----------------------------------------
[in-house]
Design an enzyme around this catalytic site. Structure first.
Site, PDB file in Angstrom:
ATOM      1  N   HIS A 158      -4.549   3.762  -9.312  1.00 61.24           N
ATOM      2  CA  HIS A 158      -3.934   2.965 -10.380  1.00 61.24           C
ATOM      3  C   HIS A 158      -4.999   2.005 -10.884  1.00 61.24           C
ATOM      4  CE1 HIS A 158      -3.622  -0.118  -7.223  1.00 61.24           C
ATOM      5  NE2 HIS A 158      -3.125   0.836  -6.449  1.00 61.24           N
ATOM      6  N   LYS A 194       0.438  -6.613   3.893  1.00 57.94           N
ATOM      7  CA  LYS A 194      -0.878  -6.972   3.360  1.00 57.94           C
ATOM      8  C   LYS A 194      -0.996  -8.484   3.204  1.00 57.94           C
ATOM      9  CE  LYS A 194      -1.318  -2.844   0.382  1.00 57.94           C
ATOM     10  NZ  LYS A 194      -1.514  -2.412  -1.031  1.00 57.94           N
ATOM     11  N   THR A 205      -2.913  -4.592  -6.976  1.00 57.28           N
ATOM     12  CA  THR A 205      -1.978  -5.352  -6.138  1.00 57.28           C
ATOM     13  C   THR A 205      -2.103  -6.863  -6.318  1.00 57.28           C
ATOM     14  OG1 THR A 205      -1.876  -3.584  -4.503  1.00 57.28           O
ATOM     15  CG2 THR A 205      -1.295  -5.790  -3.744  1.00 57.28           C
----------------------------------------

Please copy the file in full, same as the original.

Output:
[in-house]
Design an enzyme around this catalytic site. Structure first.
Site, PDB file in Angstrom:
ATOM      1  N   HIS A 158      -4.549   3.762  -9.312  1.00 61.24           N
ATOM      2  CA  HIS A 158      -3.934   2.965 -10.380  1.00 61.24           C
ATOM      3  C   HIS A 158      -4.999   2.005 -10.884  1.00 61.24           C
ATOM      4  CE1 HIS A 158      -3.622  -0.118  -7.223  1.00 61.24           C
ATOM      5  NE2 HIS A 158      -3.125   0.836  -6.449  1.00 61.24           N
ATOM      6  N   LYS A 194       0.438  -6.613   3.893  1.00 57.94           N
ATOM      7  CA  LYS A 194      -0.878  -6.972   3.360  1.00 57.94           C
ATOM      8  C   LYS A 194      -0.996  -8.484   3.204  1.00 57.94           C
ATOM      9  CE  LYS A 194      -1.318  -2.844   0.382  1.00 57.94           C
ATOM     10  NZ  LYS A 194      -1.514  -2.412  -1.031  1.00 57.94           N
ATOM     11  N   THR A 205      -2.913  -4.592  -6.976  1.00 57.28           N
ATOM     12  CA  THR A 205      -1.978  -5.352  -6.138  1.00 57.28           C
ATOM     13  C   THR A 205      -2.103  -6.863  -6.318  1.00 57.28           C
ATOM     14  OG1 THR A 205      -1.876  -3.584  -4.503  1.00 57.28           O
ATOM     15  CG2 THR A 205      -1.295  -5.790  -3.744  1.00 57.28           C